Turkey cannot now quote the European Court when it seeks to cast doubt on the Armenian genocide16.10.2015
Statement by Geoffrey Robertson QC and Amal Clooney
We are pleased that the European Court of Human Rights today endorsed our argument on behalf of the Government of Armenia, which intervened in the case between Dogu Perincek and Switzerland. The decision is a victory for Armenia.
Today the European Court ruled that the applicant’s freedom of speech should not have been restrained because it was not likely to incite violence or racial hatred. Thus Perincek should not have been prosecuted by the Swiss authority because his rant, in the Turkish language, would have had no impact at all on social harmony and race relations in Switzerland.
Armenia intervened in the case for one reason: the lower court had cast doubt on the fact that a genocide against the Armenian people occurred in 1915. As counsel we sought to correct this grave error, and the Grand Chamber has done so. Today’s judgment did not dispute the fact of the Armenian genocide: ten judges said the question should not have been addressed at all whilst seven stated that “the Armenian genocide is a clearly established historic fact”.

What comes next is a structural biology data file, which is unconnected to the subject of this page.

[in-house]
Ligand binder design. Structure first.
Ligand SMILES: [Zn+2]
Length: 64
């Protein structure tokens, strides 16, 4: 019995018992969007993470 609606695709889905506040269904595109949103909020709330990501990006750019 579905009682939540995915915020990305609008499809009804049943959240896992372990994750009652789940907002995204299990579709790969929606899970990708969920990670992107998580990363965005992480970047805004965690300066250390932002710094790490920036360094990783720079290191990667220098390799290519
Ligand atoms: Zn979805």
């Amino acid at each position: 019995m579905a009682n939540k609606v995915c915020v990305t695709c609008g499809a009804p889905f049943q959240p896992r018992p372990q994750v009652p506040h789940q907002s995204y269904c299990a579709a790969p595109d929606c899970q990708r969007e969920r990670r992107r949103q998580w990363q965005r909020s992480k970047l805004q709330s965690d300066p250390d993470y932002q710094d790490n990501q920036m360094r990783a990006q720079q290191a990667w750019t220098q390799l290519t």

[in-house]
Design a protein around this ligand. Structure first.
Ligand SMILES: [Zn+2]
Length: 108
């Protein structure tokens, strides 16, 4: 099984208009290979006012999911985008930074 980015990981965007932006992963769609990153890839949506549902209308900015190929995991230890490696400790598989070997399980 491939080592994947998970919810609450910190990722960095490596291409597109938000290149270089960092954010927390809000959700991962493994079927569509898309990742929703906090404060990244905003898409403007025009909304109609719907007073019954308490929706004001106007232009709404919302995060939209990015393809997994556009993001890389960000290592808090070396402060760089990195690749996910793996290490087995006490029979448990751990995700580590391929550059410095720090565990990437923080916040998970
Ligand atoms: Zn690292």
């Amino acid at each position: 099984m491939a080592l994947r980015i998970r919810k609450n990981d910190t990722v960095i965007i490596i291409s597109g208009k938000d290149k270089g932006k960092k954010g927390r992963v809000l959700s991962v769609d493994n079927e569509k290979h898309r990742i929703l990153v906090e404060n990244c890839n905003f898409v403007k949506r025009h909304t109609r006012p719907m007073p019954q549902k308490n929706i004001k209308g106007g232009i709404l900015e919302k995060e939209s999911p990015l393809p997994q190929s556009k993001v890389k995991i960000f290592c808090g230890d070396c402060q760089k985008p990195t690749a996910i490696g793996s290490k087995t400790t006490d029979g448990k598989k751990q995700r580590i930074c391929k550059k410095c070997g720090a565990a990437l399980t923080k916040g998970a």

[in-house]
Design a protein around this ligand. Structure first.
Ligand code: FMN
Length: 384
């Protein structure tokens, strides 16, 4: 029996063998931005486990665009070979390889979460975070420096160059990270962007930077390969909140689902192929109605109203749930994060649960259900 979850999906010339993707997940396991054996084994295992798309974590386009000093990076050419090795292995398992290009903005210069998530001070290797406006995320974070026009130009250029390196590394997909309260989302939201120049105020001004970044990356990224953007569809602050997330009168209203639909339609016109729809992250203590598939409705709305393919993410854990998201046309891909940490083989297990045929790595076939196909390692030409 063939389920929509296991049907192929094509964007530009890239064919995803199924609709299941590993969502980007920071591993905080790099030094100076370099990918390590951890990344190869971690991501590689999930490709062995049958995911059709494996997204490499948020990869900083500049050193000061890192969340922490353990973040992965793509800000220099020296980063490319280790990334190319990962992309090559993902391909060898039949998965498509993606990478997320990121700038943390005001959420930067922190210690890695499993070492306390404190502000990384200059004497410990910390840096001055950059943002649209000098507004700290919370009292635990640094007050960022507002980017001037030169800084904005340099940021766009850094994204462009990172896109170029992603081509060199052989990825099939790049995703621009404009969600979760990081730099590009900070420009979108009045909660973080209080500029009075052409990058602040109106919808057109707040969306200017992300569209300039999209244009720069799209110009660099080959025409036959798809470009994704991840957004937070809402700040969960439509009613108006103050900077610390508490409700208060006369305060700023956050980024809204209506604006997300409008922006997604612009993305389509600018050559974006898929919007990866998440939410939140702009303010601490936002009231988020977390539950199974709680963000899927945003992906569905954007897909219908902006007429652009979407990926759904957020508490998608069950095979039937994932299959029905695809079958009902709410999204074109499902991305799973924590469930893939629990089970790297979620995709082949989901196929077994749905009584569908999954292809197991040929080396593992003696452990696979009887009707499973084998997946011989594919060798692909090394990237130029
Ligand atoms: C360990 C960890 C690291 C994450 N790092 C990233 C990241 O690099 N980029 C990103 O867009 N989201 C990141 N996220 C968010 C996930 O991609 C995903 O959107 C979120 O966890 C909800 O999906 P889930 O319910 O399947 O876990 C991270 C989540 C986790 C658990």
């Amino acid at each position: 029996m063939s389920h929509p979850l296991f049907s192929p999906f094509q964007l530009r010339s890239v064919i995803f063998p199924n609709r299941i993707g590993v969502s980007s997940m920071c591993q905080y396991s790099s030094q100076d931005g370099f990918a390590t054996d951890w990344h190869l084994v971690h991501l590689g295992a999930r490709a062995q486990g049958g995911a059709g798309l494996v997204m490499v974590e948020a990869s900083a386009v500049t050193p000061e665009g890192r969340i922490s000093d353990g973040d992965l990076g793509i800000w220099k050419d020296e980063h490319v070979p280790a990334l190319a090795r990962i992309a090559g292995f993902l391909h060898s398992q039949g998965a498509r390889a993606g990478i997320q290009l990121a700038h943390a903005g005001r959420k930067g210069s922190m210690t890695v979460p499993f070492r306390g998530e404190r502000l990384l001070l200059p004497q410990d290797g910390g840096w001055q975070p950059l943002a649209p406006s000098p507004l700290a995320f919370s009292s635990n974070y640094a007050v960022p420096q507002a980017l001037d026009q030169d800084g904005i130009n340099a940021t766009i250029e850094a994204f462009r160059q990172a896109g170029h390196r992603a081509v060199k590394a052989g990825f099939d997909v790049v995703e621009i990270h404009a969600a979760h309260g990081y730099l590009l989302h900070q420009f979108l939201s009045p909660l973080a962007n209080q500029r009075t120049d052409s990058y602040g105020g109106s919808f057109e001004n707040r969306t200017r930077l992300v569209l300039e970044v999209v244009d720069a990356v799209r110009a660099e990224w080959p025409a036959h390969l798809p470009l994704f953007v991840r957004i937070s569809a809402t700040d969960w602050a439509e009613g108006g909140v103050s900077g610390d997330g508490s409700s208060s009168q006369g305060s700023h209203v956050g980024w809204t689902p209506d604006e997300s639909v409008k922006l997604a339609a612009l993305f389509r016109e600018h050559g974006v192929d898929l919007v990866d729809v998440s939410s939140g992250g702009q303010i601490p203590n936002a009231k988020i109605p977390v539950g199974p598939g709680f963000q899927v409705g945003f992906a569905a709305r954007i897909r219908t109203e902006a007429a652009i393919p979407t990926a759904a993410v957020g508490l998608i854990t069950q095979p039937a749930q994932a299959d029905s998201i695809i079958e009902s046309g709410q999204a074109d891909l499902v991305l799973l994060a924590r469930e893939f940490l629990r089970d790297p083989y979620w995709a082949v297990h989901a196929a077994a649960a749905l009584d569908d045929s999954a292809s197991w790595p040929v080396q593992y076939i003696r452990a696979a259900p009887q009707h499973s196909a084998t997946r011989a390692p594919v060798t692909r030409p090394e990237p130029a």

The judgment also upholds the Armenians’ right under European law to have their dignity respected and protected, including by recognition of a communal identity forged through suffering from the annihilation of over half their race by the Ottoman Turks (see para 227).
The court’s decision upholding the importance of freedom of expression has important consequences for Turkey, which has the worst record of any state before the European Court on free speech. Turkey can no longer justify prosecuting those like Hrant Dink who are accused of “insulting Turkishness” contrary to article 301 of the Penal Code by writing about the reality of the Armenian genocide. These prosecutions are plainly contrary to the free speech guarantee under article 10 of the European Convention on Human Rights as interpreted in the Perincek case. We call on Turkey to abolish article 301 and cease malicious prosecutions pursued on its terms.
Perincek is a provocateur who should not have been made the martyr that he was so keen to become. We note that the Court rejected his demand for 120,000 euro compensation, and awarded him nothing – not even his own legal fees.
Note to editors: This case has already been misrepresented in the British press. For example The Telegraph characterizes the judgment in its headline as being "... a blow to Amal Clooney...". Ms Clooney and Mr Robertson appeared for Armenia as a third party, which was concerned to ensure that the Armenian genocide was not put in doubt by Europe’s human rights court. They took no position on Perincek's guilt or innocence. The only 'blow' was to the defendant state - i.e. Switzerland, the prosecuting state which they did not represent, and to Turkey which cannot now quote the European Court when it seeks to cast doubt on the Armenian genocide.